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He was known simply as the Blind Traveler. A solitary, sightless adventurer, James Holman (1786-1857) fought the slave trade in Africa, survived a frozen captivity in Siberia, hunted rogue elephants in Ceylon, helped chart the Australian outback—and circumnavigated the globe, becoming one of the greatest wonders of the world he so explored.


Today I’m talking with Jason Roberts, author of one of my all-time favorite history books: A Sense of the World: How a Blind Man Became History’s Greatest Traveler. We get into all the impossible-to-believe stories that come from Holman’s life, including:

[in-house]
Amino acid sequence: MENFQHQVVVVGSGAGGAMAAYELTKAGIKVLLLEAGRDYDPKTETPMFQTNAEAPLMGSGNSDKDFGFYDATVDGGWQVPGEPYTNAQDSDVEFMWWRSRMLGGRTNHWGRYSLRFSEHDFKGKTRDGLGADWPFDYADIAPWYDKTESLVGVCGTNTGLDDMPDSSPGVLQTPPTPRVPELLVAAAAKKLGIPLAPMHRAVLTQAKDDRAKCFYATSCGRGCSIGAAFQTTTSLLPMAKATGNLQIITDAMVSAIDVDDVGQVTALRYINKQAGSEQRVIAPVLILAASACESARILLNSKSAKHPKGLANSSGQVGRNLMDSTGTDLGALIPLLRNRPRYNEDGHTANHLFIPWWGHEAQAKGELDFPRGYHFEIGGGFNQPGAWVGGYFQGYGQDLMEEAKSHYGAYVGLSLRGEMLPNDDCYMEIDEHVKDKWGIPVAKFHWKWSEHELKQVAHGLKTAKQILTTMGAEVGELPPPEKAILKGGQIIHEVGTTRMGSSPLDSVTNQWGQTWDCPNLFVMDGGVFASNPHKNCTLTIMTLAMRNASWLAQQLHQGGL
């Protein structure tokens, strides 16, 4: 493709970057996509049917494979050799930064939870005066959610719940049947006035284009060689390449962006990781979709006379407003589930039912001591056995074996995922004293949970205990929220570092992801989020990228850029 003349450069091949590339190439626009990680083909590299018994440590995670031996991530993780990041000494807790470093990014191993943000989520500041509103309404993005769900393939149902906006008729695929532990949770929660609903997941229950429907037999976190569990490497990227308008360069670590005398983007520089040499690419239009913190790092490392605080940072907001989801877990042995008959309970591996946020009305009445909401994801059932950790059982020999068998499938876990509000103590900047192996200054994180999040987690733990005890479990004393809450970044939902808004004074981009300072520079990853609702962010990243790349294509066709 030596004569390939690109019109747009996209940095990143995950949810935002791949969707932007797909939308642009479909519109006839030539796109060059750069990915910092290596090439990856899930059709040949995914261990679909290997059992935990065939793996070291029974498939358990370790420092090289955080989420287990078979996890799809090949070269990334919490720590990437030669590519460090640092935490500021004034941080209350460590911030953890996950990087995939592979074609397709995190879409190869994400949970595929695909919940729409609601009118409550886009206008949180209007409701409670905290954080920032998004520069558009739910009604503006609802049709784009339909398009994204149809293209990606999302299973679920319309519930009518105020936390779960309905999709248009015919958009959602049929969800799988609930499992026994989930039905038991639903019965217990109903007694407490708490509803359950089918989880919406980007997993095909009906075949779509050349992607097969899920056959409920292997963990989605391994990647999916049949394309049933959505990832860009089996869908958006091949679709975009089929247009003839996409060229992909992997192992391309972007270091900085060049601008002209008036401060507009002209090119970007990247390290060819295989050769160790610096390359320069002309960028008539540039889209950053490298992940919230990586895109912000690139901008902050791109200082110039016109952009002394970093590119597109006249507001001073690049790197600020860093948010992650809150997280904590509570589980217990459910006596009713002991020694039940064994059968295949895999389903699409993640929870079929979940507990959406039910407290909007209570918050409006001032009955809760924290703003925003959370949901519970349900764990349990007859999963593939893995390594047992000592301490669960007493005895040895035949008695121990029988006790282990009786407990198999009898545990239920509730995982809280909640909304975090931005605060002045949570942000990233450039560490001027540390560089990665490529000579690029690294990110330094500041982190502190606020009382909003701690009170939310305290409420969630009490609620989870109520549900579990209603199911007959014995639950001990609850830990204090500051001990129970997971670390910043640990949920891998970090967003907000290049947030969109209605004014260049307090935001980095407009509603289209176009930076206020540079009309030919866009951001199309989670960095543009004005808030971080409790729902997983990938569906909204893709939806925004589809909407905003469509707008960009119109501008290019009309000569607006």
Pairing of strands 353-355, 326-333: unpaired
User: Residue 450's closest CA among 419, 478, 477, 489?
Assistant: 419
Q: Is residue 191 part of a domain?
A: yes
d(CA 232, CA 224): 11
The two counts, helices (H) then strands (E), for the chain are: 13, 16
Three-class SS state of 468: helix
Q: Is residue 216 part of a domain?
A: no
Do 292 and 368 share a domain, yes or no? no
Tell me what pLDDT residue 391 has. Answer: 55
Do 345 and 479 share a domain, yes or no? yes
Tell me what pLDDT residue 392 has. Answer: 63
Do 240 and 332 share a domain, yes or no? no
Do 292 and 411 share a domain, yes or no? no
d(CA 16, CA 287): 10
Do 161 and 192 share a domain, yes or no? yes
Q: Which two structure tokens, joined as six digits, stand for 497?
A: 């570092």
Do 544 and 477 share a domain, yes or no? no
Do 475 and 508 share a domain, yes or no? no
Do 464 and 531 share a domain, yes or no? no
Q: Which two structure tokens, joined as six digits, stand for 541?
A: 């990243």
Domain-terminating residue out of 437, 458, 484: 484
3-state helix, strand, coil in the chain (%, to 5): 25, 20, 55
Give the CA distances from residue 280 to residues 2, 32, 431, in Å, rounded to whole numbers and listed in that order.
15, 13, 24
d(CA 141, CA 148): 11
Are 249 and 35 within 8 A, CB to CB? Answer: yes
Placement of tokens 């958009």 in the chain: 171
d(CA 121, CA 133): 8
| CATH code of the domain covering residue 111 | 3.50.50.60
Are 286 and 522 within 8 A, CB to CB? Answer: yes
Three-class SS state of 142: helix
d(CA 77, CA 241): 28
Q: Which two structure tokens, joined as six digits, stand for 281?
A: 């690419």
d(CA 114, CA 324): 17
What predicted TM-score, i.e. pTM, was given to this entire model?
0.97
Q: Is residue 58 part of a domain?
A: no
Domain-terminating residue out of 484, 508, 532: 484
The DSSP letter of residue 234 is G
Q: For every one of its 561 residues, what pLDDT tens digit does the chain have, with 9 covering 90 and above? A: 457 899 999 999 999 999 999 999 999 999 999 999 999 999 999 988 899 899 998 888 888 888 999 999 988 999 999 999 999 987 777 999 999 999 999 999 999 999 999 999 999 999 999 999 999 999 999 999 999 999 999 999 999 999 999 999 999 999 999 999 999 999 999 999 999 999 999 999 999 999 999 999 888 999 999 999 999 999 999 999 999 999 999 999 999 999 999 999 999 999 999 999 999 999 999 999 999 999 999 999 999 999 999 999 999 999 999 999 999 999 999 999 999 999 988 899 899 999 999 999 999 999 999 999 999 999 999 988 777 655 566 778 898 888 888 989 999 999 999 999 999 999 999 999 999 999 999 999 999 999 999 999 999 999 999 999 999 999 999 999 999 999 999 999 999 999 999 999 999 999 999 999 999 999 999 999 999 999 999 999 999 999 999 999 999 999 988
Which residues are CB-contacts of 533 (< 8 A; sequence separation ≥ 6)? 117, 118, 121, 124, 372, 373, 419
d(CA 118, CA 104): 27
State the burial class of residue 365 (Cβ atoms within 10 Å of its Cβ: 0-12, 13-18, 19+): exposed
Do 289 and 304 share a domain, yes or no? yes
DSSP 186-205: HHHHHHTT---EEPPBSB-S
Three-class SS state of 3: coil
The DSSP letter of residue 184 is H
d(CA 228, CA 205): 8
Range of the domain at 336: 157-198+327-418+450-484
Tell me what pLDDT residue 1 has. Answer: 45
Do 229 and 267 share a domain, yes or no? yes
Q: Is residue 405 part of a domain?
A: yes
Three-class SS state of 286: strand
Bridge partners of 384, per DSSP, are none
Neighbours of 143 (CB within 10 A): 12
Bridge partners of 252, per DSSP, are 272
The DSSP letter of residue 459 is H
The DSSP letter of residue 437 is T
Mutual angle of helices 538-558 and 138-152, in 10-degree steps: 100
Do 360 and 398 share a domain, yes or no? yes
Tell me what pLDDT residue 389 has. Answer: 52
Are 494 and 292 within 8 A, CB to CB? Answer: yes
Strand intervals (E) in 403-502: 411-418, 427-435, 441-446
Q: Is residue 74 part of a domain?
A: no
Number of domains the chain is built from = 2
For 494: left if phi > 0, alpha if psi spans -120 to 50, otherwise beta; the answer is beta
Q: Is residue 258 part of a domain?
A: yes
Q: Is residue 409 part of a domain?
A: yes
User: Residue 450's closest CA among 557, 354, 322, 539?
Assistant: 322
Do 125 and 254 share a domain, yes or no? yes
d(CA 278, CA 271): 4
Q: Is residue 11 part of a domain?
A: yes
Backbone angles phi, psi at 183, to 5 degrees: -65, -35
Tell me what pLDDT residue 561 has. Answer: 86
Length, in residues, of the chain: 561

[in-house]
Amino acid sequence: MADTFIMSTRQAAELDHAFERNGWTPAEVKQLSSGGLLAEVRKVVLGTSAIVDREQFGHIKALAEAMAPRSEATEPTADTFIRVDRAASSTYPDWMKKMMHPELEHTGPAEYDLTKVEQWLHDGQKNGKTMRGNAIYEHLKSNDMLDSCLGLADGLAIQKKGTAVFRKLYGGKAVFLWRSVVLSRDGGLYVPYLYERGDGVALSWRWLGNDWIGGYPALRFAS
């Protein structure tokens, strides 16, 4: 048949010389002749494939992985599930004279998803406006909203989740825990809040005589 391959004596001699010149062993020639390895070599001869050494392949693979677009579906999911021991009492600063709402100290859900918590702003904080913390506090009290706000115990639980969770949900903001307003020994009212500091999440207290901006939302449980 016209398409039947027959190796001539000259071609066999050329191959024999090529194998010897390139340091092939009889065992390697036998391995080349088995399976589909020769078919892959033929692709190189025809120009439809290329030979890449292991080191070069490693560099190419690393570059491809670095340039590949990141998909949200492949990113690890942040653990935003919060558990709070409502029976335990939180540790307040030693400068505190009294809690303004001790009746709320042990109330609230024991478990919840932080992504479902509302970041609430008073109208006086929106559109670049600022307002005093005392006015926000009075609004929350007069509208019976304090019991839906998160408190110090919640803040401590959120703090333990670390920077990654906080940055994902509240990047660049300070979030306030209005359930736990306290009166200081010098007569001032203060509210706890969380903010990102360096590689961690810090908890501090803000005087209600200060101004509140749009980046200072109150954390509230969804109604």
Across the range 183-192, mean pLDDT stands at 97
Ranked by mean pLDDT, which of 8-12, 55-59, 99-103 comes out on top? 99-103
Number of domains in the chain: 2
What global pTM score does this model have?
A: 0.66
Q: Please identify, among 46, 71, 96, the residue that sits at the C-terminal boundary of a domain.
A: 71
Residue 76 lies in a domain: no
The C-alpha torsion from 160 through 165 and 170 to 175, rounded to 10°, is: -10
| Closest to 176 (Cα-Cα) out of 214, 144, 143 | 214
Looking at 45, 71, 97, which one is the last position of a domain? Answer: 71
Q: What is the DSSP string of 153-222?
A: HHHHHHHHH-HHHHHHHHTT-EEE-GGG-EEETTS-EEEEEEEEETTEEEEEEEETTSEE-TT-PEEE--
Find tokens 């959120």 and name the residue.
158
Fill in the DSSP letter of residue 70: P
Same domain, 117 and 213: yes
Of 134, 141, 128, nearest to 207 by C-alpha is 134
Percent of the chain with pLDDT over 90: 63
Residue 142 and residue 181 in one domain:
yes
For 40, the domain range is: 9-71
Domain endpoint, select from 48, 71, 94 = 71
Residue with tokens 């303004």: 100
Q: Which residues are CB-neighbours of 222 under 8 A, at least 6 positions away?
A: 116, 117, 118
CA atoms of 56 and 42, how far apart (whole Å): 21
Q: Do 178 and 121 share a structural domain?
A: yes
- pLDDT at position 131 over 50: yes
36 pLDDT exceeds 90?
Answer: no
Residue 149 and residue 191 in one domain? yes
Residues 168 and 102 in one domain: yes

— Holman retraining his senses to use echolocation to “see” the world around him through sight and touch
— Summiting Mt. Vesuvius as it was on the brink of eruption
— Riding horses at full gallop
— Negotiating peace between the British navy and islanders in Equatorial Guinea

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"James Holman Traveled Over 250,000 Miles in the Early 1800s. He Was Also Completely Blind." History on the Net
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